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  • Kelly
    January 1, 1970
    The varsity field hockey team of West Essex is legendary, despite their loss at state finals last year. To be a girl on the team is to become a true Wildcat. To become Someone. So the girls who make the final cut this year get together for their annual night-before-the-first-scrimmage bonding night, a lot is at stake, and little has to do with the game itself. Rather, six different girls reveal secrets they've kept close about the way their coach has been a toxic influence on them individually, The varsity field hockey team of West Essex is legendary, despite their loss at state finals last year. To be a girl on the team is to become a true Wildcat. To become Someone. So the girls who make the final cut this year get together for their annual night-before-the-first-scrimmage bonding night, a lot is at stake, and little has to do with the game itself. Rather, six different girls reveal secrets they've kept close about the way their coach has been a toxic influence on them individually, as well as a team. Told over less than 24 hours, the varied perspectives keep the pace of this book moving perfectly while giving a broad and encompassing idea of what it's like to be an elite female athlete on a team known for being The Best. There's a lot here about team bonds, about passion for the game, and about the ways that those very things can be manipulated by an outsider, particularly a "beloved" adult. The writing is lovely, and each of the voices is distinct. Readers looking for a story about girls who kick ass will do very well here -- as will readers who think they don't like sport stories, as the field hockey plays a role in the book, but it's not central to the book (which, for someone who loves a good sport book, knows that's how most sports books ARE -- the sport is the back drop, not the only story).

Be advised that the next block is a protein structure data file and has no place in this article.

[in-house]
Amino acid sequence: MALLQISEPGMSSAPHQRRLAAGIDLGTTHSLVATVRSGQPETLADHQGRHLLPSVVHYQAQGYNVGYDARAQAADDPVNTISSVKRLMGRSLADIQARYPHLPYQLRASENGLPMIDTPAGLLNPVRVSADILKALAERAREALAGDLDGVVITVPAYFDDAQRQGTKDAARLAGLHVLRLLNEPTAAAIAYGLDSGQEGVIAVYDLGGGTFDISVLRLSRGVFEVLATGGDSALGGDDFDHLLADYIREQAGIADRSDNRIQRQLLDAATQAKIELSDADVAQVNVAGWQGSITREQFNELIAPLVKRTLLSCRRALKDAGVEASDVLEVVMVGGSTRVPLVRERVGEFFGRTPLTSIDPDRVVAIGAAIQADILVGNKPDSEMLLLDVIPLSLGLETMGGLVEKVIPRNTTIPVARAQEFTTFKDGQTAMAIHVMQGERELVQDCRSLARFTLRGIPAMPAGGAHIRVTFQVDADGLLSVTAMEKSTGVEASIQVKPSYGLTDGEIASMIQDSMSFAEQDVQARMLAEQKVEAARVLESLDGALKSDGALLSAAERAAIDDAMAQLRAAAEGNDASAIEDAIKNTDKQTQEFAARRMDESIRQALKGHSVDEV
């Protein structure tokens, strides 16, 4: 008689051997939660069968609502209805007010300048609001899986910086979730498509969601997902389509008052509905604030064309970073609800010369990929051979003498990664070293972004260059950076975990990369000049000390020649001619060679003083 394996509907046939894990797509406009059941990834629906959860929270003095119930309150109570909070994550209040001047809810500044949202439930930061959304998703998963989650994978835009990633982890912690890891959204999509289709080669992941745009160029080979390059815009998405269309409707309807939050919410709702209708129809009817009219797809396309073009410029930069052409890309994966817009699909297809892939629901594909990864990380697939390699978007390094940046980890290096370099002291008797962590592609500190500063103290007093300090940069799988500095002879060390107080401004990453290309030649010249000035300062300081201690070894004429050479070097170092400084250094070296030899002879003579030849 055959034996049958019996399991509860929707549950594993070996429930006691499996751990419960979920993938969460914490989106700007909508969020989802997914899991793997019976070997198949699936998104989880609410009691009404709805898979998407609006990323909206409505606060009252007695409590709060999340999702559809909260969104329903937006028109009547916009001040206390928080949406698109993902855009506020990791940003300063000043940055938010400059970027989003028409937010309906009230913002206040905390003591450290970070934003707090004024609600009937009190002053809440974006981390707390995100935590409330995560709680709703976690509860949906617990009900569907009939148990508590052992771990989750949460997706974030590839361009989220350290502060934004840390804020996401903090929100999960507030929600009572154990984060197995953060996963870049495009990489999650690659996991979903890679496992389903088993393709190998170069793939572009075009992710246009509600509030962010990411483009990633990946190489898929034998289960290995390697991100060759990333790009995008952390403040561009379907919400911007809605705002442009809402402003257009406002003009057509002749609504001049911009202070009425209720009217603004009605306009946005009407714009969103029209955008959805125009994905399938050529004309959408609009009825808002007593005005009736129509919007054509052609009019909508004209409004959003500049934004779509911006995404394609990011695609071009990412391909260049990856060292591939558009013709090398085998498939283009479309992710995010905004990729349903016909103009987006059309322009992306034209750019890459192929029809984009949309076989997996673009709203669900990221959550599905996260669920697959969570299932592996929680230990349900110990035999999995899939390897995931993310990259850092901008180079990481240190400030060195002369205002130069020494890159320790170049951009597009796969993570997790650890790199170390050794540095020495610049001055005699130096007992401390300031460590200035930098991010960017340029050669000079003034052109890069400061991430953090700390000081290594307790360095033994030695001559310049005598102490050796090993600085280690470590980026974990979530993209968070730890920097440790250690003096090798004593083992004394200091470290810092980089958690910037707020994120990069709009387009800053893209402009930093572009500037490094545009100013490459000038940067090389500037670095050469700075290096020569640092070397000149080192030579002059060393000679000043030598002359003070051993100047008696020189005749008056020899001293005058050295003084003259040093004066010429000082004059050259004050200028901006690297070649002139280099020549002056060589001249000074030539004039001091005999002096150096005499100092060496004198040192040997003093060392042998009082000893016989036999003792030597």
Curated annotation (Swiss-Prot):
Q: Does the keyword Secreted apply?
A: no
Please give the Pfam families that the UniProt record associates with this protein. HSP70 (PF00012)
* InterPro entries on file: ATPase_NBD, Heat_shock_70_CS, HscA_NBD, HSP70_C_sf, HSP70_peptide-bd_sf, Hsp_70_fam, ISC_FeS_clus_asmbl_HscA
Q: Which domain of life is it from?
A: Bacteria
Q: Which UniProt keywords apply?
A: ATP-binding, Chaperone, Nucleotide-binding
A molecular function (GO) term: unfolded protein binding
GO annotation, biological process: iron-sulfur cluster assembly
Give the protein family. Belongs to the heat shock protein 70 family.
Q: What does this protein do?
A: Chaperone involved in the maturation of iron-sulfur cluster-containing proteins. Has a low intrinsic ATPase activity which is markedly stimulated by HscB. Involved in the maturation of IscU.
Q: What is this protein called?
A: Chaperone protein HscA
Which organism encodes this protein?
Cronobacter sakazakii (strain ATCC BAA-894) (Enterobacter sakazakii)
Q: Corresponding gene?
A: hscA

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  • Nina
    January 1, 1970
    i liked this better than STAY SWEET, which is why its coming in as a 1.5 star-er. RTC i liked this better than STAY SWEET, which is why it’s coming in as a 1.5 star-er. RTC
  • Heather
    January 1, 1970
    The power of this book lies in two separate spheres. The first is in the girls themselves -- how in the oftentimes brutal arena of high school, they choose to lift each other up, to support one another, even (especially!) the younger girls who are new to the Wildcats team. Their kindness is instinctual, their loyalty is resolute. It made my heart swell, as this is all I want for teenage girls everywhere all of the time. The second is in the way Siobhan Vivian reveals the slow burn of The power of this book lies in two separate spheres. The first is in the girls themselves -- how in the oftentimes brutal arena of high school, they choose to lift each other up, to support one another, even (especially!) the younger girls who are new to the Wildcats team. Their kindness is instinctual, their loyalty is resolute. It made my heart swell, as this is all I want for teenage girls everywhere all of the time. The second is in the way Siobhan Vivian reveals the slow burn of manipulation for what it is: an insidious reach for control over another person. This happened to me! As a 17 year old girl! And I can tell you from experience that the way it's portrayed here is so, so real. Let this book be a guiding force to teenage girls, leading them to find the strength that's inside themselves to reject toxic behavior from terrible dudes. I hope this book sells one billion copies. I'm ready for an underground legion of Wildcat girls to take over the planet.